1. Coffin Level & the Avenue of Oaks
Coffin Level Plantation is a historic plantation home situated off of Coffin Level Street. As soon as a affluent sea island plantation, it is estimated that the home was constructed round 1801, and like many early 19th century properties on St. Helena Island, it incorporates a tabby basis. Coffin Level has a really good non-public seashore space and all people loves the visually putting half of mile lengthy ‘Avenue of Oaks’ that results in the plantation home. Including a mystique to the world, Beaufort’s purported witch physician Sheriff J.E. McTeer bought the land within the 1950s and lived in the home, little doubt bringing his hoodoo magic with him The Best restaurants in Hawaii.
2. Land’s Finish Seashore
This little swath of quiet, out of the way in which seashore is a favourite among the many locals. Situated a number of miles down Martin Luther King Jr. Blvd. on St. Helena Island adjoining to historic Fort Fremont you could (or might not) discover Land’s Finish Seashore. An excellent spot to swim, fish or collect within the Beaufort solar, it is a quiet spot solely accessible by one highway, or by climbing down a rock embankment main from the grounds of the Fort. Any given day will deliver you a number of locals, a number of surf fisherman and some out-of-towners who have been fortunate sufficient to bump into it. It at all times brings loads of peace.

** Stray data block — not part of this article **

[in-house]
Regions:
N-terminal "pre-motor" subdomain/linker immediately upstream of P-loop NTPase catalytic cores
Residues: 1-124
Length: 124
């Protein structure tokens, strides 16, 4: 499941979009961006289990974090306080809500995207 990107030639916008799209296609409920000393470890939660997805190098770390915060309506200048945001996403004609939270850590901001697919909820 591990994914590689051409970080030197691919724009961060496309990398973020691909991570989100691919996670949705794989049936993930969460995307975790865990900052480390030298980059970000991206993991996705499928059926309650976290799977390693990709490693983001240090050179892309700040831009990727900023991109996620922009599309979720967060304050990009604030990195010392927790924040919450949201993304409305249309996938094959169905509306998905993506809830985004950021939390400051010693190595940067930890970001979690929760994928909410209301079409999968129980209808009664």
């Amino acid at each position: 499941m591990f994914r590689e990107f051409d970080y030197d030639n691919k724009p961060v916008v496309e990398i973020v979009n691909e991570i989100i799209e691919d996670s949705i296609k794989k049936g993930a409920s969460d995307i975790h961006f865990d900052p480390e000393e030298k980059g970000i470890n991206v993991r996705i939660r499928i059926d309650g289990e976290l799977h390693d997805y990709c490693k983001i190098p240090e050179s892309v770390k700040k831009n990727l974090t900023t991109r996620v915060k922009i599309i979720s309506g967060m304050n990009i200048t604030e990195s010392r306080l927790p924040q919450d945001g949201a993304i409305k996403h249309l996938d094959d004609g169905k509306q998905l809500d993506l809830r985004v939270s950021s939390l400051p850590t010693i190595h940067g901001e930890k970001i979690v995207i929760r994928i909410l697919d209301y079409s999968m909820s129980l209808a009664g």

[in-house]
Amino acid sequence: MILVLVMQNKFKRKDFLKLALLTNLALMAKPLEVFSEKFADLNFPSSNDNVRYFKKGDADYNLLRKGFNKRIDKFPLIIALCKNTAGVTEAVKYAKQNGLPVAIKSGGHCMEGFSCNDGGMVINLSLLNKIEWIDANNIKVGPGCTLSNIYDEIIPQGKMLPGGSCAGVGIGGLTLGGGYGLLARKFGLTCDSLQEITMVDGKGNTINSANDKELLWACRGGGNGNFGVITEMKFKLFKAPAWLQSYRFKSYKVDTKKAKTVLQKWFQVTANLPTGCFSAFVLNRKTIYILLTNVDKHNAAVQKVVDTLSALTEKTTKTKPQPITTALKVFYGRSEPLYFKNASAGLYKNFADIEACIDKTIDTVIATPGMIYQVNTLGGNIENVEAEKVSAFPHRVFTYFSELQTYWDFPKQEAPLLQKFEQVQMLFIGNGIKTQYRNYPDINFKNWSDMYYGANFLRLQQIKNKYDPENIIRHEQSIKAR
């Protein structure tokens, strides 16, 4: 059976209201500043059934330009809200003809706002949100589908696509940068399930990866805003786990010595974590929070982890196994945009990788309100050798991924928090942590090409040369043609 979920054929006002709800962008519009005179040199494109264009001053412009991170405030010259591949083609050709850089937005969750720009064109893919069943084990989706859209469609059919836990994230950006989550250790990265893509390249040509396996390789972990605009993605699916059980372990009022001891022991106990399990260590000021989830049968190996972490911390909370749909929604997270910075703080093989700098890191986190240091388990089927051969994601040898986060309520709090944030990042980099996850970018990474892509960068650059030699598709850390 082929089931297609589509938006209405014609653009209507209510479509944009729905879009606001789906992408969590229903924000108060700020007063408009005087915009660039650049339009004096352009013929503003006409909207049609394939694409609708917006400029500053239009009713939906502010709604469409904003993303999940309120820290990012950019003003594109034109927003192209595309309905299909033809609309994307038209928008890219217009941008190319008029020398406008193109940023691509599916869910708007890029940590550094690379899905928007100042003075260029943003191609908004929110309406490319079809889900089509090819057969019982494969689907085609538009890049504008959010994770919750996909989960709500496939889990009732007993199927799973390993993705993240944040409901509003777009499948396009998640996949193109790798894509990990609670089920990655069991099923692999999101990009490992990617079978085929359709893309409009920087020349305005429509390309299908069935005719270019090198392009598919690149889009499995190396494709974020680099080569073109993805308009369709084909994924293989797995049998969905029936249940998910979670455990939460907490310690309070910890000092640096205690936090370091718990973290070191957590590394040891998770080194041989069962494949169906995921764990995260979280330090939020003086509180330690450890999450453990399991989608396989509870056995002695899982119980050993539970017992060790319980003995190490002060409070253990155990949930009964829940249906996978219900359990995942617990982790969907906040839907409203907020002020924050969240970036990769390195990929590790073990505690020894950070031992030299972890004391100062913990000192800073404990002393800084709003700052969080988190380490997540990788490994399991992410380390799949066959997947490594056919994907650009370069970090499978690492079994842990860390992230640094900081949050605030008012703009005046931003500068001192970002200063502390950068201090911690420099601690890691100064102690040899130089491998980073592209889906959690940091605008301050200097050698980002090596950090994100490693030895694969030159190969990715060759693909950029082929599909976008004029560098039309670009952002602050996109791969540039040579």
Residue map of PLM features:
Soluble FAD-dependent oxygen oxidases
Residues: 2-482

three. Shrimp boats
While you’re touring to the southern finish of the island you will discover the Homosexual Fish Company and its fleet of shrimp boats docked within the windy creeks that lower by means of the pristine marshes. The quintessential Lowcountry sight to see, generally you will even catch them coming in or going out for the day.
four. Reward Homes
Hidden in plain sight are three exceptional buildings that bear witness to a historical past of religion and self reliance. Constructed from wooden, not more than 20 ft by 20 ft, the small body homes are easy buildings. Initially constructed in the course of the pre Civil Warfare period by plantation homeowners as a spot of segregated worship, the reward homes turned central factors in the neighborhood within the ensuing years, as locations of worship, but in addition a gathering locations and whilst self governing “courtroom homes” for the self sufficient African American neighborhood on St. Helena Island. As most relied on strolling or using to get anyplace on the island, having a neighborhood assembly place near home was vital. In 1932 there have been twenty 5 reward homes on the island. There are solely three recognized remaining reward homes on the island right now: the Mary Jenkins and the Croft Plantation reward homes, each on Eddings Level Street, and the Coffin Level reward home on Coffin Level Street.